It may be tougher to grease the wheels for highway spending without earmarks, but the leaders of the Senate's Environment and Public Works Committee have come up with the next best thing.
Under the proposal outlined Tuesday, the administration will have to get the committee's approval of a list of major transportation projects to be named later — a way for lawmakers to have some input on which bridges and highways get funded and which don't.
The top four senators on the committee joined together Tuesday morning to unveil their portion of a new six-year highway bill, an issue which has long united a disparate group of lawmakers, from Republicans James M. Inhofe of Oklahoma and David Vitter of Louisiana, to Democrats Barbara Boxer of California and Thomas R. Carper of Delaware.
"This is the one area where Barbara and I love each other. We get along. We don't have any disagreements," Inhofe, the EPW chairman, said of his longtime partner on infrastructure issues.
It is an unlikely pair that has had success when it comes to highways in the past, even if the two lawmakers can be like oil and water when it comes to issues like, well, oil and water.
One piece of the new bill that could generate significant interest is a proposal for new grants for projects of high importance, such as bridges and highways that are critical to the economies of their communities or the nation at large. That comes with a process for congressional approval — highlighting the constitutional role of the legislative branch.
Under the program, the Federal Highway Administration would submit a list of projects of between $700 million and $1.4 billion meeting requirements for the grants to the House and Senate transportation authorizing committees by January 1 of each year. The committees would then draft a joint resolution of approval of $350 million out of those projects.
The process would restore to Congress some level of control over projects since the end of earmarks, and restore some of the shrunken post-earmark-world value of having a seat on the authorizing committees.
Authorizations such as this aren't quite earmarks, but the plan could still draw the ire of critics of congressional-directed spending inside and outside of the Capitol.
Carper explained to CQ Roll Call the concept was not entirely new.
"A lot of folks reacted positively to it," the Delaware Democrat said of an earlier version. "Not just in the Northeast, but in other parts of the country as well. Sometimes it's hard under the rubric of our transportation laws and funding to do really big projects."
To put the scale of project in perspective that could be considered by the Transportation Department for those grants, the Brent Spence and Tappan Zee bridges have been discussed.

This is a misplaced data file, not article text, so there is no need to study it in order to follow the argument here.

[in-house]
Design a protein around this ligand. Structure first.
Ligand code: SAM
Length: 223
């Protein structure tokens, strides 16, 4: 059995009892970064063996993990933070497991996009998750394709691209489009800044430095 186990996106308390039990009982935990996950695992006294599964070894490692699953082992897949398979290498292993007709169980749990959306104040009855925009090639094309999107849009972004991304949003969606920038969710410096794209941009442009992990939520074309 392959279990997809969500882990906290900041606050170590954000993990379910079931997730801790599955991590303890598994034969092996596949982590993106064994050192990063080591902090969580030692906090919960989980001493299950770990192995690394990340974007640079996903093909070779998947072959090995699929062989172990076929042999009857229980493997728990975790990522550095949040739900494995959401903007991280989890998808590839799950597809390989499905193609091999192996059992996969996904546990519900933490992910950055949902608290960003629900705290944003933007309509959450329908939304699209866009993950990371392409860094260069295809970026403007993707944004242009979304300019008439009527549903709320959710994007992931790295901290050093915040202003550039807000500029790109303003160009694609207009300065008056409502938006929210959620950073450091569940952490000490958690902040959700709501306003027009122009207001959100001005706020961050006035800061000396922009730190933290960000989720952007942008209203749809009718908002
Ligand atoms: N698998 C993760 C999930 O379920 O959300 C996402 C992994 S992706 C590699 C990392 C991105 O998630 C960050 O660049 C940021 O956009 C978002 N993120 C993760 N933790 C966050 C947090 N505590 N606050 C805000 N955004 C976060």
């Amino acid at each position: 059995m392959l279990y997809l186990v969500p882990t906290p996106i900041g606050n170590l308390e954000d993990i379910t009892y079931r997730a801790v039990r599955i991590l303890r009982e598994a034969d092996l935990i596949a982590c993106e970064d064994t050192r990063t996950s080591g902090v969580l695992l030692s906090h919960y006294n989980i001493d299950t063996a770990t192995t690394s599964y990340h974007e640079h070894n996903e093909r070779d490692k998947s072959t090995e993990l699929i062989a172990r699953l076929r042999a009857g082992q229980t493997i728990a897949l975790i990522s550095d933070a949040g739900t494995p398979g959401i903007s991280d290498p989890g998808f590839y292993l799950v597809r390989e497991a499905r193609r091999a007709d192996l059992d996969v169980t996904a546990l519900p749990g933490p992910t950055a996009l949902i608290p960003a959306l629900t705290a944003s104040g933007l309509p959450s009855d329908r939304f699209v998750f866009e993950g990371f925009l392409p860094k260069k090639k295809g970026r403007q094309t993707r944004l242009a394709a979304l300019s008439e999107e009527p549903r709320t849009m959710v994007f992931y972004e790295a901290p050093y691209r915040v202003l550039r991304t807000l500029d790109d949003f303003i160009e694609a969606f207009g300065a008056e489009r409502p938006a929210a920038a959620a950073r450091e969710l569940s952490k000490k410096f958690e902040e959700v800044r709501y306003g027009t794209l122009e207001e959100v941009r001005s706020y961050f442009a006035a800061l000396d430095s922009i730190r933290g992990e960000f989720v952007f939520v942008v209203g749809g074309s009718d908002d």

The obsolete Brent Spence Bridge is notable as the backdrop President Barack Obama used as a part of a 2011 infrastructure push. It connects Ohio and Kentucky , the home states of the current speaker of the House and Senate majority leader.
"So, a lot of people like this idea. There's not enough money to go around to people in every state or maybe even in every region, but we'll set up a competition. Whoever has the best projects will get funded," Carper said.
The highway bill itself, meanwhile, is far from a done deal.
As veteran observers of the highway battles know, while compromises on the EPW portion of the bill are an important part of the process, the real question is how to address the funding shortfall within the Finance Committee related in large part to the declining value of the gas tax due to inflation and improving mileage standards.
"I'm doing everything I possibly can, and we've got some ideas, but we'll just have to see," Finance Chairman Orrin G. Hatch said Tuesday. That panel has a hearing on transportation financing set for Thursday, a day after the EPW markup.
The current authorization for surface transportation programs is set to lapse at the end of July, making at least a patch a must-pass bill. That bill will also be the venue for a vote on what will be then be a revival of the Export-Import Bank. "It's pretty obvious that that would be a place for this vote to occur," Majority Leader Mitch McConnell, R-Ky., said.
Still, despite the truncated timeline and the potential legislative Christmas tree leading into the August recess, Boxer said she remained optimistic for a full bill.
"The pressure is mounting," she said.
"I'm so proud to be here with Jim Inhofe. You know, he and I are the yin and the yang on a lot of other things, but on this subject he as a leading conservative, and me as a leading liberal, a progressive, we see this the same way," Boxer, the ranking member, said. "It has to be done."
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